This year’s free agent class at the quarterback is interesting. There are a number of young players available with varying degrees of upside.
A.J. McCarron and Teddy Bridgewater might be among them, but odd circumstances could limit their availability. Players with four years of service time in the NFL become unrestricted free agents once their contracts expire. McCarron and Bridgewater were both drafted in 2014, which made 2017 the fourth season for both in the NFL.
Injuries both players suffered earlier in their respective careers have complicated their free agency status, however.
It all started after the Bengals drafted McCarron in the fifth round of the 2014 NFL Draft. He showed up to camp with a shoulder injury suffered in college, and he spent most of the season on the Non-Football Injury list. This list is reserved for NFL players who get injured away from the field or in college before entering the NFL. As a result, McCarron was only active and on the Bengals’ roster for the final three weeks of the season.
By NFL rule, one year of experience is six or more games played or spent on the Physically Unable to Perform or Injured Reserve lists. As a result, McCarron’s three active games in 2014 did not make up a year of NFL experience. That meant McCarron would have only three years of service time at the time he hit free agency (March 2018). Players with only three years of service become restricted free agents under the current Collected Bargaining Agreement.
McCarron has filed a grievance requesting to become an unrestricted free agent. A ruling is expected sometime this week.
If he wins, McCarron will become an unrestricted free agent. If he loses, he likely will be a restricted free agent. This would allow the Bengals the right to retain McCarron by matching any contract offer another team made him.
With the Bengals seemingly committed to Andy Dalton as their quarterback, it is unlikely they would match a contract of any substance simply to retain a backup quarterback. Restricted free agency comes with more strings attached, though.
By offering McCarron a fairly inexpensive one year contract, the Bengals could become entitled to a first round Draft pick as compensation if another team signed him, and they did not match the offer.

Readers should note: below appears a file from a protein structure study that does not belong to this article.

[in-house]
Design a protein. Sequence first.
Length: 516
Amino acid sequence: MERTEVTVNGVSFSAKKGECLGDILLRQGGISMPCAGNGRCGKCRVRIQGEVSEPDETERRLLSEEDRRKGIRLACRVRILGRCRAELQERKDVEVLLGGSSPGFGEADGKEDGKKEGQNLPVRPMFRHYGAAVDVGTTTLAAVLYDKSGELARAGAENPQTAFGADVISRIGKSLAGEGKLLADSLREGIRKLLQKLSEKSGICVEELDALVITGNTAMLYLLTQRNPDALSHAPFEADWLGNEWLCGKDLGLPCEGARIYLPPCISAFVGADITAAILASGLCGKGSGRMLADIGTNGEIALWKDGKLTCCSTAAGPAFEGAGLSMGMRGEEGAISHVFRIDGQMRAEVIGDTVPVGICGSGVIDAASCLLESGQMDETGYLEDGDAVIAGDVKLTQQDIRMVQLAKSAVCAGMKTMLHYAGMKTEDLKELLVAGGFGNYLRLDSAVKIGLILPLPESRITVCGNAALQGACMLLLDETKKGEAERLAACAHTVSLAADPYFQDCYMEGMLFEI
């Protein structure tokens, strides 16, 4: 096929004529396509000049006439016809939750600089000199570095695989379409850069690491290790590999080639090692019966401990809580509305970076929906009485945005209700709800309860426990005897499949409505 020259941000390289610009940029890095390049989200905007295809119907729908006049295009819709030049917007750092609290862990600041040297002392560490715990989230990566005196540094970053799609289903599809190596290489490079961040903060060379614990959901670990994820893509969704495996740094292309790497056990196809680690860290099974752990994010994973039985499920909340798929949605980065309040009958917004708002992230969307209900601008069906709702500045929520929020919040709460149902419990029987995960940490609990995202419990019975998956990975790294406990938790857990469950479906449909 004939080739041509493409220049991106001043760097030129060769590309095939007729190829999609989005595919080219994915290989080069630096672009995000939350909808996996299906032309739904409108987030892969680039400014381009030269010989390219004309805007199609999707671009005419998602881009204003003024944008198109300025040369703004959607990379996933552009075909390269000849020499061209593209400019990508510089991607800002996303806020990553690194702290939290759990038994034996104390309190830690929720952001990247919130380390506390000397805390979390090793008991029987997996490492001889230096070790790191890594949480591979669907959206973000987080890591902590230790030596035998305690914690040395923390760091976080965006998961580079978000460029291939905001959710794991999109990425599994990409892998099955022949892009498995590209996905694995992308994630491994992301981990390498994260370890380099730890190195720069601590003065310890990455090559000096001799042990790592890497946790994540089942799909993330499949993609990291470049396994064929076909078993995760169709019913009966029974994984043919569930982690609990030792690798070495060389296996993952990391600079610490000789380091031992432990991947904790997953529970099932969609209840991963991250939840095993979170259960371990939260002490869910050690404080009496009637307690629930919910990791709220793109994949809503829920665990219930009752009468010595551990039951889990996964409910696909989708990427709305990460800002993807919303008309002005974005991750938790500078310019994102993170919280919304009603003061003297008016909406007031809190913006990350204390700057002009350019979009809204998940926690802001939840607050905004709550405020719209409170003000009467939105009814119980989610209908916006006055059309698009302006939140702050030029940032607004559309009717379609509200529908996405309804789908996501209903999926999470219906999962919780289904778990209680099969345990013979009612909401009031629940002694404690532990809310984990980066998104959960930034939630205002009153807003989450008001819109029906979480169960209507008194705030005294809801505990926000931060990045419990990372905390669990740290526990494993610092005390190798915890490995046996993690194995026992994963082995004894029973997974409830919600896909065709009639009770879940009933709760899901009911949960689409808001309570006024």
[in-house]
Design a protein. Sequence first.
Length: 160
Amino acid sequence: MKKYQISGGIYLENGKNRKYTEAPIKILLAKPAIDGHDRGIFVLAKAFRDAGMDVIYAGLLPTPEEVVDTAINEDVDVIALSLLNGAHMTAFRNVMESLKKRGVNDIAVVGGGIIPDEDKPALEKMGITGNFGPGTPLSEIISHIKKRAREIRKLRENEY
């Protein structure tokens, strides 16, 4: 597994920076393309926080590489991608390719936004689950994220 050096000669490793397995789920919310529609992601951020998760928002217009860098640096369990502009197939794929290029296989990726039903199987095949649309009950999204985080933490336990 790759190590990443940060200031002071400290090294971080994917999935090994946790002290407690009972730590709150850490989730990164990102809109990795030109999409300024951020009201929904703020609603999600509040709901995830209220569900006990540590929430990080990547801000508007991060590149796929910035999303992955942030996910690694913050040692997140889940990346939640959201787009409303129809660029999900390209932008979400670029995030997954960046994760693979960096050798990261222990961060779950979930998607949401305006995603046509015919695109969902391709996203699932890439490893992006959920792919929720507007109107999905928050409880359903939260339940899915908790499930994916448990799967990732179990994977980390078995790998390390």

Would another team be willing to give up a first round pick AND sign McCarron to a decently sized deal?
The Bengals could also agree to trade McCarron for a lesser return and get something back for him rather than let him leave in a year for nothing. In any event, a ruling that McCarron is a restricted free agent would make obtaining him a much more difficult venture than if he is simply ruled an unrestricted free agent.
As a low round Draft pick, the early career injury that put McCarron on the NFI list early in his career flew under the radar of most NFL fans. That was not true of the catastrophic knee injury Bridgewater suffered in the summer of 2016. It kept him out all of 2016 and led him to start 2017 on the physically unable to perform (PUP) list. As Mike Florio noted last year, that could impact Bridgewater’s eligibility for free agency this coming spring.
Florio did a good job outlining the complexities here.
As PFT first explained in May, the Collective Bargaining Agreement states in clear and obvious terms that a contract tolls for any player who, in the last year of his deal, is physically unable to perform through the sixth game of the regular season. Bridgewater, who was on the PUP list to start the season, ultimately was physically unable to perform through Minnesota’s sixth game.
“We know the rule very well,” Spielman said last May. “We’ve talked to the Management Council, we understand everything that’s involved with it, but again it’s something from a contractual standpoint that I’d rather not comment on. But there are specific rules there, and we’re quite aware of what the rules are.”
If the Vikings are “quite aware” of the rule, they’re the only ones; despite the plain language of the CBA, some believe that the contract for a player like Bridgewater would toll for a year only if he had missed the entire season. Because he didn’t miss the full season, but did miss six games, a squabble could be looming over whether he’s free to leave — or whether the Vikings can keep him for another year at a base salary of $1.354 million.
The Vikings have yet to indicate one way or another whether they are going to attempt to toll Bridgewater’s contract. If they do, we could be heading for another grievance, and his availability might come into question.
You might read this and say, “Who cares? The Jets aren’t going to be interested in either of these guys.”
You might be right. You might be wrong. Even if the Jets wouldn’t be focused on these two, these situations will have an impact. Another quarterback needy team might be interested in McCarron and/or Bridgewater. If those players are not available, the Jets could find themselves with increased competition for a quarterback they do want.
Either way, these two scenarios are worth watching.